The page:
A life insurance policy is an agreement between a policyholder and their insurance company that a death benefit, typically a lump-sum payment, will be provided to the insured’s beneficiaries in the event of the insured’s death.
Each life insurance policy comes with a monthly premium, and plans are chosen according to the needs of the policyholder. Roughly 60% of people in the United States have life insurance, and around one-fifth of those say that they don’t have enough coverage.
Unlike health insurance, life insurance is something that some people may never need to seriously think about or purchase. After all, if you don’t have any dependents who could benefit, it hardly makes sense to buy a policy.
For those who do need it, the first-time buying process can feel overwhelming. How much coverage do you need? Are you eligible for traditional coverage options? What policy is best? What company should you buy from? These are all great questions, and here are some of the most important things you need to understand to answer them.
Types of Coverage
There are a couple of basic types of insurance policies as follows. Which one you’ll need will depend on your financial goals.
Term Life Insurance
This is a temporary form of insurance that usually lasts for ten-year increments. Monthly premiums generally stay the same throughout the agreed-upon coverage period, but they may increase if you decide to extend your coverage. Term insurance is generally less expensive than other options, and it offers great flexibility. It can be great for young families who want to be covered until the kids are through college.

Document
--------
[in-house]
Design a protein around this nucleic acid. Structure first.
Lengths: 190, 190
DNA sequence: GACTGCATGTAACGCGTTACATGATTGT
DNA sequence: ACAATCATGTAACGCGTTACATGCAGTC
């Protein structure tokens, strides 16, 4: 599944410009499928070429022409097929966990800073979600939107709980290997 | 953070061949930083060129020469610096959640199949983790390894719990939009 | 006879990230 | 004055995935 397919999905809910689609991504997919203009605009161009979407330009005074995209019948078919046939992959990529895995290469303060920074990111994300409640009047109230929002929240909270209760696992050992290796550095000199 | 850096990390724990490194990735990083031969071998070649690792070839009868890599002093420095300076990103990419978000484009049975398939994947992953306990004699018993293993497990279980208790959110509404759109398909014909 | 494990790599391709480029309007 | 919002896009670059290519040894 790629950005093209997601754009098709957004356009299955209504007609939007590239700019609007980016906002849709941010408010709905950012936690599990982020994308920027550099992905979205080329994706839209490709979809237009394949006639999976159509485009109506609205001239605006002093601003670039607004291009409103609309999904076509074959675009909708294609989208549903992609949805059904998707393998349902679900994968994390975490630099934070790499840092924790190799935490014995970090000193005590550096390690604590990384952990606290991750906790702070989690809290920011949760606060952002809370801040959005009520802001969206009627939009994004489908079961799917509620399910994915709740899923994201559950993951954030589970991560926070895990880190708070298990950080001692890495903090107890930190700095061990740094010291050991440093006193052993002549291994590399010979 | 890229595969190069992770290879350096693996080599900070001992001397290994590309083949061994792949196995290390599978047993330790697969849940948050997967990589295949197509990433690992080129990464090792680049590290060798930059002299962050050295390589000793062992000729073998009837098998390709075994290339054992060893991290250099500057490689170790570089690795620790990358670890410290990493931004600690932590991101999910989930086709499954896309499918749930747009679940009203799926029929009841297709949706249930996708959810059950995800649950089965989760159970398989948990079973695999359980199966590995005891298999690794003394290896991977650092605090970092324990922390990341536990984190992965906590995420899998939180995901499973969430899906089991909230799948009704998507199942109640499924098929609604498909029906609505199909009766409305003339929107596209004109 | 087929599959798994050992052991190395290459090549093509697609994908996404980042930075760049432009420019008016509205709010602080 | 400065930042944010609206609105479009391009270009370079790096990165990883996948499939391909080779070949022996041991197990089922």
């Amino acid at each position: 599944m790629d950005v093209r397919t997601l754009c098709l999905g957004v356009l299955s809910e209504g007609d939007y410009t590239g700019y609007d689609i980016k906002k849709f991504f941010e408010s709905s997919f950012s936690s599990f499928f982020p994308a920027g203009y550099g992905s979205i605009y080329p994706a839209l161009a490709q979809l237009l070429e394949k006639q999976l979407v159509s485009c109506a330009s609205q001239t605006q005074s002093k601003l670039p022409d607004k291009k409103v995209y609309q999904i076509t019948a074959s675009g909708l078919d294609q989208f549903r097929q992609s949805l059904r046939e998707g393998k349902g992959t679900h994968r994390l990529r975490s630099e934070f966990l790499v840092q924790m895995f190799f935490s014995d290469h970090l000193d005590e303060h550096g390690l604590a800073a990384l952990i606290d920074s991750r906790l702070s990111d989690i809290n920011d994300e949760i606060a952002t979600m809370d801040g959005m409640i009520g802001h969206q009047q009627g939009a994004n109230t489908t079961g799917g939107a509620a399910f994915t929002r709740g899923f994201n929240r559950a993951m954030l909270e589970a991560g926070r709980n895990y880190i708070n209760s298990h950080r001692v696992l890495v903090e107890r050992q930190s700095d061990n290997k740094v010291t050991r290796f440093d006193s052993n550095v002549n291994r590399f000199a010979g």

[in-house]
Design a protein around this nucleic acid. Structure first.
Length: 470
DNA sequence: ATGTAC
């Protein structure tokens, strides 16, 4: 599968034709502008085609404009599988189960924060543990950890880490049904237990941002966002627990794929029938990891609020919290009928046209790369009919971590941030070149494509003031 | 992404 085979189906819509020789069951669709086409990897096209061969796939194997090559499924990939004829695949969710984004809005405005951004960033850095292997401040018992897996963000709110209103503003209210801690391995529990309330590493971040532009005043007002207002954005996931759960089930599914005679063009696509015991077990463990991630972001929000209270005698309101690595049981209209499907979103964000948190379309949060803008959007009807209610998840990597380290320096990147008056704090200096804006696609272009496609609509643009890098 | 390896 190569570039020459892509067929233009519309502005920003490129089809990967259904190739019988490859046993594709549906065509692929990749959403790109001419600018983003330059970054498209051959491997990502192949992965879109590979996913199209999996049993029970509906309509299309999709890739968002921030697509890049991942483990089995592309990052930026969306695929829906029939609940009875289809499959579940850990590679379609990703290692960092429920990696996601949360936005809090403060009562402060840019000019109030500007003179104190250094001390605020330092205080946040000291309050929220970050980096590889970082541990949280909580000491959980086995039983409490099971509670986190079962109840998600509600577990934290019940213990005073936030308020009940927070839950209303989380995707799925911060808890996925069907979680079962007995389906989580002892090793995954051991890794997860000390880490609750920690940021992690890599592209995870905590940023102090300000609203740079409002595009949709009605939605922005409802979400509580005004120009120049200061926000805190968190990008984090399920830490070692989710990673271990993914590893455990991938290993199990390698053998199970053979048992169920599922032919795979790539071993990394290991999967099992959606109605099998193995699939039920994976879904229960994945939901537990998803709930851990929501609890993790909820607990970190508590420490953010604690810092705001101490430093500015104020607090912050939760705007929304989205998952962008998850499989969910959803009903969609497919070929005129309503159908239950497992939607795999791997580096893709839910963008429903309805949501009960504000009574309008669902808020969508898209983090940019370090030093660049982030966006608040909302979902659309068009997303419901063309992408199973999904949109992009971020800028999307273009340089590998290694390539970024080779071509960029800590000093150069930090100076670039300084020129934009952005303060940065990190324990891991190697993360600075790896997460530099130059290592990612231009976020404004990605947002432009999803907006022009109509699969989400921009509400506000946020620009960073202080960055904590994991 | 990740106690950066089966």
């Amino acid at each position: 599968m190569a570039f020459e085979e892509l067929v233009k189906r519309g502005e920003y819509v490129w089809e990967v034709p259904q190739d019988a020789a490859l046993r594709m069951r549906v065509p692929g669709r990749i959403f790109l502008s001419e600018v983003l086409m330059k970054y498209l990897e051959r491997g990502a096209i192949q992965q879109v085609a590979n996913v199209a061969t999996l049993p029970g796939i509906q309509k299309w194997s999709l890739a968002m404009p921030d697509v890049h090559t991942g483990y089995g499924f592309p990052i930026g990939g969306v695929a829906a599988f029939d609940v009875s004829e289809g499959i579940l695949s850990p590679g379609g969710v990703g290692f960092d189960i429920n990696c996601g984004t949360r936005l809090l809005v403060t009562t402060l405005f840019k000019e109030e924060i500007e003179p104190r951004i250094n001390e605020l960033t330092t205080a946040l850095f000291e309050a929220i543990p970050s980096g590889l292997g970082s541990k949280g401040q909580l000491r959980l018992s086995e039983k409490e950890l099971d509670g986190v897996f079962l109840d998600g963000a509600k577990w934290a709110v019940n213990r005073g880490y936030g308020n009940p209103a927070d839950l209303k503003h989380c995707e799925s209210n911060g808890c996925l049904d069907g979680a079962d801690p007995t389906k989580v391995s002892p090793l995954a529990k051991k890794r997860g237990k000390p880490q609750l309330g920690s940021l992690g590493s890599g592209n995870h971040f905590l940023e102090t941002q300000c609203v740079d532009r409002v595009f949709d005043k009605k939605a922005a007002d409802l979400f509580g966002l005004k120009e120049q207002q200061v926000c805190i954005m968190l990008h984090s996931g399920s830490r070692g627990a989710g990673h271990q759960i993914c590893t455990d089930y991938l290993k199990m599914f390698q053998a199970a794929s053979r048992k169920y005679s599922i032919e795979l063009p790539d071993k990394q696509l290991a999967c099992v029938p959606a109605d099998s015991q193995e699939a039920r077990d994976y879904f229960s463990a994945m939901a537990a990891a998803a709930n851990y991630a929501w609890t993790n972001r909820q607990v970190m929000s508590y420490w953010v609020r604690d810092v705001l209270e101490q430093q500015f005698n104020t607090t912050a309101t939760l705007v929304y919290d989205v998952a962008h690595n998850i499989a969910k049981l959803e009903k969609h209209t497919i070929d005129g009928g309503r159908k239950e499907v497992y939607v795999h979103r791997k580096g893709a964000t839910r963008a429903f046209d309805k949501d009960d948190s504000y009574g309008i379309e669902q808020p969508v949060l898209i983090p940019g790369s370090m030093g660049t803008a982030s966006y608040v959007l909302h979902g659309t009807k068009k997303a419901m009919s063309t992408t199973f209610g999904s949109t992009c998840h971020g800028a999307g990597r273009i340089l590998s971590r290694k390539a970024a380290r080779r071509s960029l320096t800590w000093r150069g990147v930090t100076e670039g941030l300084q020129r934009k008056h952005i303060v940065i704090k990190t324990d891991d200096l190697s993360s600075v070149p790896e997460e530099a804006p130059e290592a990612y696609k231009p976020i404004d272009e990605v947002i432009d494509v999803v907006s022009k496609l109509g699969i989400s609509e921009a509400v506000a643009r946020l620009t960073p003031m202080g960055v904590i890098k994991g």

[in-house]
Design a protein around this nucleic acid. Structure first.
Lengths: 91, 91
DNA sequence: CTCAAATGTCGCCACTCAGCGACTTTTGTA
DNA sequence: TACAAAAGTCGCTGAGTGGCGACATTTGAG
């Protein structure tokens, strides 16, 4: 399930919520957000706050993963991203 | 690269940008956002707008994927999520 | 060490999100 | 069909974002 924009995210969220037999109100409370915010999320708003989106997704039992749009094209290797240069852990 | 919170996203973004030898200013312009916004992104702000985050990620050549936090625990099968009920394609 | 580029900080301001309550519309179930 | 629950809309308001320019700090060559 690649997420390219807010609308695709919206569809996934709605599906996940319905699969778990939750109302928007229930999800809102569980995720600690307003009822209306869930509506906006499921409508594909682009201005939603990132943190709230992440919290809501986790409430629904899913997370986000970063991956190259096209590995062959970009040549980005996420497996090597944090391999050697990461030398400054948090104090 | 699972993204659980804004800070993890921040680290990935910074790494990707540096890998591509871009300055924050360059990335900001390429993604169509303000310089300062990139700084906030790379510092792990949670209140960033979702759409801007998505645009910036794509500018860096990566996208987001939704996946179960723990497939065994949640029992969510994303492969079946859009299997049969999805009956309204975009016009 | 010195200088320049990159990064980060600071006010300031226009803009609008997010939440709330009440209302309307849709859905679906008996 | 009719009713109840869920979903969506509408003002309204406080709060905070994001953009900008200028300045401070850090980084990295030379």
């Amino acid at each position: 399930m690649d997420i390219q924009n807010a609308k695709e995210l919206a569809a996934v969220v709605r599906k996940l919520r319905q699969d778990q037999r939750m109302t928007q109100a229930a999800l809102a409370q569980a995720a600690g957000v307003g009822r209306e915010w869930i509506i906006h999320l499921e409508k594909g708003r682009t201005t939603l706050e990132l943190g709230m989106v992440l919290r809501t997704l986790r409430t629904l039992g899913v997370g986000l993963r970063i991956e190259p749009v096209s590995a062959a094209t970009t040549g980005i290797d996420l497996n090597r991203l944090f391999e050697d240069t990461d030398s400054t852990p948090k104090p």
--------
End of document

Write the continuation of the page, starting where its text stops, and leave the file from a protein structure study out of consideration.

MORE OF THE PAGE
Whole Life Insurance
These plans offer lifetime insurance, generally for a higher premium than term. Premiums are usually fixed, however, and whole policies have a cash value that can be borrowed against when you need money. Accrued cash value may allow you to reduce, or eliminate, your premium payments later in life, but you’ll be paying significantly more in the beginning for the same amount of coverage compared to a term policy.
Final Expense Insurance
This is a type of whole life insurance frequently geared towards seniors since it primarily focuses on covering medical expenses and funeral costs after passing.
Those with a cancer diagnosis are sometimes pushed toward this type of insurance as well, especially if they’ve never had a previous policy. Many companies provide these types of policies to people across the world. Colonial Penn burial insurance is a very popular choice amongst seniors.
If you’re going through clinical trials or processes like cancer treatment in Manchester, CT, you may be able to get a guaranteed-issue policy, but these are significantly more expensive than other options and offer lower benefits.
The “DIME” Method
In addition to knowing what kind of policy to purchase, you need to know how much your policy should be for. The “DIME” method is frequently used in these calculations, and it goes like this.
You need a policy that can cover your outstanding debts (mortgage, credit cards, loans, etc.) in case of your unexpected death.
Your policy needs to replace your income for anyone else who depends on it.
Funeral costs and other final expenses should be covered.
If you have children or anyone else you intend to send to college, your policy should cover these expenses.
You Can Sell Your Policy
There are a variety of reasons why you may not need your policy forever, and it’s possible to sell your policy to a third party. They provide a cash payment for your policy and pay your remaining monthly premiums in exchange for taking ownership of your policy and receiving the death benefit when the time comes. Some people choose to sell their policies to pay for retirement or simply improve daily life when they no longer need coverage.
American Life Fund is a third party buyer who offers viatical settlements, a specific type of life settlements. Viatical settlements are offered specifically to those with terminal illnesses, such as late-stage cancer, and are often used as a form of financial assistance for treatment or palliative care. Viatical settlements can be used for anything, however, and they offer a significant advantage over life settlements in that they’re tax-free.
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